Vii repeated all the gossip that was floating about the city regarding the incident, dredging up even half-remembered stories that were highly-implausible, if not impossible. When he had finished, he didn't have to wait long for Sye's reaction. It was expressed clearly in a profane, single-word utterance.
"Someone's going to have to find out who this Apath is," the queen continued, speaking aloud to herself. "The last thing Sor needs is a potentially hostile wizard floating around the city." She turned her attention back to the healer. "You had something else to tell me?"
Vii swallowed hard. He had debated for a long time whether he should speak to Sye about this. It wasn't something he'd learned recently, but information his informal 'investigations' following Kan's death had turned up. For a while, before Sor had made Vii's position at the palace uncertain, the healer had decided not to say anything about it. But now, with his future in doubt, he needed help, and few had more influence with the young king than his mother.
Vii's suspicion that Kan was poisoned had led him to do some checking with those in the city who trafficked in such substances. From one of them, he had learned that a disguised woman had, over a four-to-five year period, been a regular customer, repeatedly buying small doses of a rare, very slow-acting poison, similar to what Vii believed responsible for the king's death. Despite the disguise, the poison merchant had noticed a more-than-passing resemblance between his customer and the queen.
"Do you know a merchant named Eis?" asked Vii.
If the name meant anything to Sye, her face didn't betray it. She shook her head once.
"He has a little shop on Wanderer's Row, next to Bvy's Apothecary. He mostly sells perfumes and spices, but, for those with more money, he makes available certain illegal substances."
There was still no visible reaction from Sye, but she was clearly paying attention. Her eyes still held Vii's.
"What kind of 'substances' would these be?" she asked.
"I see," noted Sye thoughtfully. "Thank you for the information. I'll see that this is investigated as well. If someone is illegally selling poisons, they must be stopped." After a moment's pause, she added, "But I'm curious. Why was this for my ears only? Surely you want Sor to know that this information also came from you?"
Vii was so taken aback by Sye's reaction that he couldn't think of a response. The best he could manage was a shrug of his shoulders.
Shortly afterwards, as he left the queen's chambers, he considered whether he had done Sye a grave injustice in his suspicions. Her reactions seemed too sincere for her to be guilty of the crimes he had mentally attributed to her. There had been no signs of nervousness, indecisiveness, or prevarication. Perhaps the situation with the poison-seller had been a coincidence.
Try as he might, however, Vii could not bring himself to believe that. Bem's fall from the horse had certainly been no accident. Since the new queen's arrival, there had been too many 'sudden' or 'mysterious' deaths in and around the royal family: Tui, Kan's closest friend; Tam, Kir, and Bem, Lea's three surviving sons; and even the king himself. The more Vii considered it, the more convinced he became that Sye was not only a cold, calculating woman, but a clever murderess as well. But his attempt at subtle blackmail had failed. Perhaps he would have been better off keeping his mouth shut after all.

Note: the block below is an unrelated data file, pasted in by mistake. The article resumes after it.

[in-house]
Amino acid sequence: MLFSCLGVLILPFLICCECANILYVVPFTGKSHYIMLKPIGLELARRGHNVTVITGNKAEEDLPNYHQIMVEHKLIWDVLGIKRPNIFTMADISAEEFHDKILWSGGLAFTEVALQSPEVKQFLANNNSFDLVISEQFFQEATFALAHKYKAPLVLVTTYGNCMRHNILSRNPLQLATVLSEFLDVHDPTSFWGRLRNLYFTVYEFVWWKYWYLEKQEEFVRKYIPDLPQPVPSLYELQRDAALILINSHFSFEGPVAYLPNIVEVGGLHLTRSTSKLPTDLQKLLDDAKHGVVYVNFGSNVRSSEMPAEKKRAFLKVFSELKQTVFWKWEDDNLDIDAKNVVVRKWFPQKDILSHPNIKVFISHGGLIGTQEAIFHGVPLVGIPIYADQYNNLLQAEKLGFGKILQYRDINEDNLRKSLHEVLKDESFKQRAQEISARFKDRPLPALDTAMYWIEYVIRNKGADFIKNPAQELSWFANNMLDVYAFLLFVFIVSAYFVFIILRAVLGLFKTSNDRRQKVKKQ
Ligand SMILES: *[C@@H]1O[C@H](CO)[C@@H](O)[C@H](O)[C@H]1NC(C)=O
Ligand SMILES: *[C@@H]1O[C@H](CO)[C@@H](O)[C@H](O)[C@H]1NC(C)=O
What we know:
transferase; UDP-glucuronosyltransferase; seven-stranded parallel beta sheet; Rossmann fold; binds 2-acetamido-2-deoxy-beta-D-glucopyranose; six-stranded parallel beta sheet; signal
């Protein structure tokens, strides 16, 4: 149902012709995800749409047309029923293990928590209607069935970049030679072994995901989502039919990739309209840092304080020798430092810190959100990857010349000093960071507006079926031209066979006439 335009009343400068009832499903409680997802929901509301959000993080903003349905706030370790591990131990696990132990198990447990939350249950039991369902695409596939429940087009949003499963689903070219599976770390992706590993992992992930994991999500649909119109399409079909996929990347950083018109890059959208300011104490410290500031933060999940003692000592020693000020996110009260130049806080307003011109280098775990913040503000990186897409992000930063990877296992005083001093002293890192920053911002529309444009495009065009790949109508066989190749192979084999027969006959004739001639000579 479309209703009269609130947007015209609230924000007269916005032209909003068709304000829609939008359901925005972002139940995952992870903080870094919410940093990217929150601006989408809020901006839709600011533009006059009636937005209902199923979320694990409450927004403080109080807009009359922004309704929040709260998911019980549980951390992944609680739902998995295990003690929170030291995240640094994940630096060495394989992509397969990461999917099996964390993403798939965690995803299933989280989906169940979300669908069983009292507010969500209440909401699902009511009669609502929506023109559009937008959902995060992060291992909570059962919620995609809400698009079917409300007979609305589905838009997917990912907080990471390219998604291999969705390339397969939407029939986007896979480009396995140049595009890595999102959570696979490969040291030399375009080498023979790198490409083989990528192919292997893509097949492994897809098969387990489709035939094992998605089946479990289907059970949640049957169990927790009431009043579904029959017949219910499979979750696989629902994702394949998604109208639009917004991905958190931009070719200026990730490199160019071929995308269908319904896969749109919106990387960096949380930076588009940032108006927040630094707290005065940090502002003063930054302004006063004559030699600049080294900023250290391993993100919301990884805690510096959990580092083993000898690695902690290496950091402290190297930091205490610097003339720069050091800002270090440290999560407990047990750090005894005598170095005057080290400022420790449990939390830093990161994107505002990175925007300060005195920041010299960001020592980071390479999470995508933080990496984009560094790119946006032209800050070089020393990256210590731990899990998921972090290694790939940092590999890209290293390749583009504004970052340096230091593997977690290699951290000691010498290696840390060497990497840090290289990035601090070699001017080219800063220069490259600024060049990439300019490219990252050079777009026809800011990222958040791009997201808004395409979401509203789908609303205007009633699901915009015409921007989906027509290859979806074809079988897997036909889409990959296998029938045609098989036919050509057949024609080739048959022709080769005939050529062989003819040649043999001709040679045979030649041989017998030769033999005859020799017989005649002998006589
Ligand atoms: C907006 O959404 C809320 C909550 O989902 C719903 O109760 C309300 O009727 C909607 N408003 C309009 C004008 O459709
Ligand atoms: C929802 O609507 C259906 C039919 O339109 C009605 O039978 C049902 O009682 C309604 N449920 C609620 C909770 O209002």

A season later, on a summer-like evening in early autumn, Sor was alone in his chambers with Joi. Bare-chested, he lay on his stomach on the bed while she demurely straddled his torso, her hands kneading the taut muscles of his shoulders and neck.
"Mmmm," murmured Sor, "That feels good. You have deft fingers."
As recently as a few weeks ago, Joi would have complained about the propriety of their situation, but she had given up worrying about such things ten days before, when, for the first and only time so far, Sor had shyly and awkwardly kissed her.
"Your muscles are really tight," noted Joi. Then, with a giggle, she added, "But they're nice too."
"It's been a hard day. You wouldn't believe some of the requests people come to me with."
"That's what it means to be a king. Listening to people's problems, then solving them. Your father was very good at it. If I'm right about you, you'll be a worthy successor."
"It's a pain in the ass, sitting there in that hot robe on a sweltering day. I must have boiled off five pounds today. Some of those people have the most inane complaints. Then there are the sycophants, bowing and scraping to me all day long. And I had another meeting with Baron Cen."
"How did it go?" asked Joi. She knew how much Sor hated meetings with his half-sister's husband. Since their first exchange in the summer, they had gotten together three times. Few of the sessions went well, but Sor felt it necessary for the dialogue to go on.
"A little better, surprisingly. I can't put my finger on it, but Cen was different today. He actually made a couple of intelligent proposals instead of shouting at me the whole time."
"Proposals like what?"
"He thinks it might be a good idea to split the taxes into seasonal portions rather than taking it all in one lump sum. For instance, if a landowner pays an annual amount of two-thousand gold pieces in taxes, Cen suggests that the new procedure be that he pay five-hundred gold on the first day of every season."
"He actually agreed that taxes are necessary?" asked Joi, surprised. At Sor and Cen's first meeting, the baron's initial demand had been the abolition of taxes. His position on that issue had not wavered since. Until now, apparently.
"Well, that's still a bone of contention. He started out by saying something like, 'If these damned taxes are going to continue...'"
"I guess that's some progress," noted Joi, her fingers continuing to pull and prod at his flesh.
"He also indicated he might be willing to support a charter change that would allow a separate house of common people and house of nobles to advise the king, rather than the current, noble-topheavy council. That's something I've been trying to get done since my coronation. His proposal is different than mine, of course, but there are enough similarities to make a compromise workable."